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Retailers' privacy policies inadequate and unfriendly for customers

30th Jan 2012
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Four out of ten of the UK’s biggest online retailers fail basic customer friendliness tests when it comes to their privacy policies and don’t comply with new EU Data Protection legislation.

Household name companies including Boots, B&Q, BHS, Littlewoods, Next, John Lewis, Tesco, Waitrose, Wickes, and Virgin Atlantic failed to score more than 50% in a survey.
Market analyst Ctrl-Shift scored the privacy policies of the IMRG Hitwise TopShop list of 100 online retailers against ten key questions including how clearly the privacy policy is written, how easy it is for the customers to express and change their preferences, whether their data is used for marketing purposes and how they treat cookies and behavioural targeting.
None of the etailers analysed had yet fully complied with new cookie law requirements that cookies should not be placed on customers’ computers without the customer’s consent. These laws come in to force in the UK in May 2012.
The survey also found that 98% are less than upfront about their use of the ‘behavioural targeting’ of online advertising and/or fail to present customers with the ability to opt out; three quarters of retailers opt customers in to receiving electronic marketing communications, with two thirds placing some obstacles in the way of customers changing this option;.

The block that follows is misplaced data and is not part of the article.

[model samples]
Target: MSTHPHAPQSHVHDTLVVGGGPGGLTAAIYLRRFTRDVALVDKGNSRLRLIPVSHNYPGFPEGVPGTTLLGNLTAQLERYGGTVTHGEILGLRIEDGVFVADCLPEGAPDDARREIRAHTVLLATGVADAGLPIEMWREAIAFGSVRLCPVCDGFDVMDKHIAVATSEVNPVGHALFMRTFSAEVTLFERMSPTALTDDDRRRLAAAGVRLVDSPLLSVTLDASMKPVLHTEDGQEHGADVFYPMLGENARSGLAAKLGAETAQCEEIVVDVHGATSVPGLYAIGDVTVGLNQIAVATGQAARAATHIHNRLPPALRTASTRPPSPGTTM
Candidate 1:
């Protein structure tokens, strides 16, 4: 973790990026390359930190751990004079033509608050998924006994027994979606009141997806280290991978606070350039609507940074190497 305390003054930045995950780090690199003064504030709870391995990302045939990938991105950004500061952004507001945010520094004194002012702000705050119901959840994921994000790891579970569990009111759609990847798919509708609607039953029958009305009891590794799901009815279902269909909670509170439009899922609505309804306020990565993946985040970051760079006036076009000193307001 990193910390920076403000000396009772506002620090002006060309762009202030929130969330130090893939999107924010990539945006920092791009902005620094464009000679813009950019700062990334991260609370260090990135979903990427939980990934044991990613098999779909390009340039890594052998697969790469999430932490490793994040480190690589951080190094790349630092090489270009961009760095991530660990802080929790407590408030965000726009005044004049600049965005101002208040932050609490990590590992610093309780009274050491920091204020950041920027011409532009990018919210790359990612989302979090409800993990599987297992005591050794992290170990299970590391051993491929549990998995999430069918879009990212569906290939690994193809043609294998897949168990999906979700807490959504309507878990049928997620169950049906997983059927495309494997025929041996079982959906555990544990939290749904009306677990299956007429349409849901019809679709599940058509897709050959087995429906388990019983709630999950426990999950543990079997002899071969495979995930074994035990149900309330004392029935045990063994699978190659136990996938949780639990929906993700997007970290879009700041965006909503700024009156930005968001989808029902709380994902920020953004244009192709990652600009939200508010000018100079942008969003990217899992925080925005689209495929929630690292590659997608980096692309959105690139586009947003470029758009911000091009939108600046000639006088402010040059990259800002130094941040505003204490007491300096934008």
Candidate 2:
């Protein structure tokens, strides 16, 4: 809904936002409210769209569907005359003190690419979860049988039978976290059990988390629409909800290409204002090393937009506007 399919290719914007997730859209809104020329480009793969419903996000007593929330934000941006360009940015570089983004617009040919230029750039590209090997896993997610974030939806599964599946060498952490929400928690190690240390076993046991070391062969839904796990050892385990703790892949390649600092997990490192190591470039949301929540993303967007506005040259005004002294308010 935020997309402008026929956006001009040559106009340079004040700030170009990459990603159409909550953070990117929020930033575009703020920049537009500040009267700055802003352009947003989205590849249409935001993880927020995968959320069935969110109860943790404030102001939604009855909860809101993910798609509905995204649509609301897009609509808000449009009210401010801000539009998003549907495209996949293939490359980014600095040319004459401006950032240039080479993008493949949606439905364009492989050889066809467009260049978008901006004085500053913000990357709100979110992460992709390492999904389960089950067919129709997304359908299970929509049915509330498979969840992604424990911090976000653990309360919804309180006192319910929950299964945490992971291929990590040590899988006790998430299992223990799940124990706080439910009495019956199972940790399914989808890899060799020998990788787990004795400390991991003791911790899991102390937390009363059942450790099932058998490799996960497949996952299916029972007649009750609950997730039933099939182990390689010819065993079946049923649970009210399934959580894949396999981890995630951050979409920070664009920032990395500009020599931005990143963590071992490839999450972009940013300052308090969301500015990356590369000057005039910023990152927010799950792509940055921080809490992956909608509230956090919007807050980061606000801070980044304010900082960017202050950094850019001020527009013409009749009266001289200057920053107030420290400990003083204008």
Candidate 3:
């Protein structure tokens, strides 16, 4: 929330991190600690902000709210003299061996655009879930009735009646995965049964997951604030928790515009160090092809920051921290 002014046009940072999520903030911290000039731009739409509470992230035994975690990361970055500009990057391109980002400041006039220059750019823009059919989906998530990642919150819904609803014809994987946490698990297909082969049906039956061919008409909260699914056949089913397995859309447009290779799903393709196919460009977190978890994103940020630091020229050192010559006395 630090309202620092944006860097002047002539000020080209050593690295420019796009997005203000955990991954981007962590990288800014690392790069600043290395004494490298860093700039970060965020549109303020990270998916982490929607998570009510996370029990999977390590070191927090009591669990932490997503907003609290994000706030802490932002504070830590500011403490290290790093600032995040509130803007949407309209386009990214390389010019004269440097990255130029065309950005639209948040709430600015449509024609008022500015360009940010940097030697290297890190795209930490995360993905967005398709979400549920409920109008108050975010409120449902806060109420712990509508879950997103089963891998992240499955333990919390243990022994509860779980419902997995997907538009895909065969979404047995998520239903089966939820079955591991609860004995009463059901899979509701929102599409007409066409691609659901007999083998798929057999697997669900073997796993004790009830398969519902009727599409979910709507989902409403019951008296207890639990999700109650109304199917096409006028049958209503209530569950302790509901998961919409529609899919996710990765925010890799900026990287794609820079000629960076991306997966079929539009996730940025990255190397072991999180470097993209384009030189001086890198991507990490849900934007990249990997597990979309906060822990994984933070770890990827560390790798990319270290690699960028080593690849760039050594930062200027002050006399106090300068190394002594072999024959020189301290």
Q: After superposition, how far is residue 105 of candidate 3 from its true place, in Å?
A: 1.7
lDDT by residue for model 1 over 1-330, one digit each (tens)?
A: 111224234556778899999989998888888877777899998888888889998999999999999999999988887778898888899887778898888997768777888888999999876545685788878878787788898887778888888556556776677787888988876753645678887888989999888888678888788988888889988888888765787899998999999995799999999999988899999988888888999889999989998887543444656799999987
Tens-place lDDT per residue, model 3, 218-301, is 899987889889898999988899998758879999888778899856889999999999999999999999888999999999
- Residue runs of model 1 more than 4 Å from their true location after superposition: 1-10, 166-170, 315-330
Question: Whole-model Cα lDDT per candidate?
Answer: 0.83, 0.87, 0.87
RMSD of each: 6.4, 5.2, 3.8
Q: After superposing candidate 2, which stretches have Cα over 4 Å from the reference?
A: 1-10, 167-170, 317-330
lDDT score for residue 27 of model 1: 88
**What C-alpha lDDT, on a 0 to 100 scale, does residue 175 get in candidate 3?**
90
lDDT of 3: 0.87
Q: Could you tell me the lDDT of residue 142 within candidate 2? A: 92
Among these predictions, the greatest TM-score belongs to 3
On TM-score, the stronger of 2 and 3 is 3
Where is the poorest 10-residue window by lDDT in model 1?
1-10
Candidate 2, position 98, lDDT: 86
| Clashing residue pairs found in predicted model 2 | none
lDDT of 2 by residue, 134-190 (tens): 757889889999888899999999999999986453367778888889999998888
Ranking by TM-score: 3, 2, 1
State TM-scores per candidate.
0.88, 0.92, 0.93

At the same time, 90% have inadequate processes for informing customers of changes to their policies, 75% fail to inform customers about how long the customer’s data will be held and 40% fail to mention about their customers’ right to access their data.   

Ctrl-Shift defines a ‘customer friendly privacy policy’ as one which complies with letter and the spirit of the law, which is open and transparent about how the company uses the customer’s data; is genuinely educative and informative about its policies and uses of data; and provides customers with easy-to-use ways to express and change preferences and options.

Ctrl-Shift strategy director Alan Mitchell, said fast changing technology, customer attitudes and regulations meant most retailers’ privacy policies are now in urgent need of an overhaul.
“What a privacy policy says, or doesn’t say, is quickly becoming a proxy for trustworthiness and this can no longer be ignored. The research reveals that many retailers are behind the curve when it comes to their data relationships with customers. Leading organisations recognise that empowering people with more ways to control how their data is used and shared is key to unleashing greater value in the long- term,” Mitchell said. 

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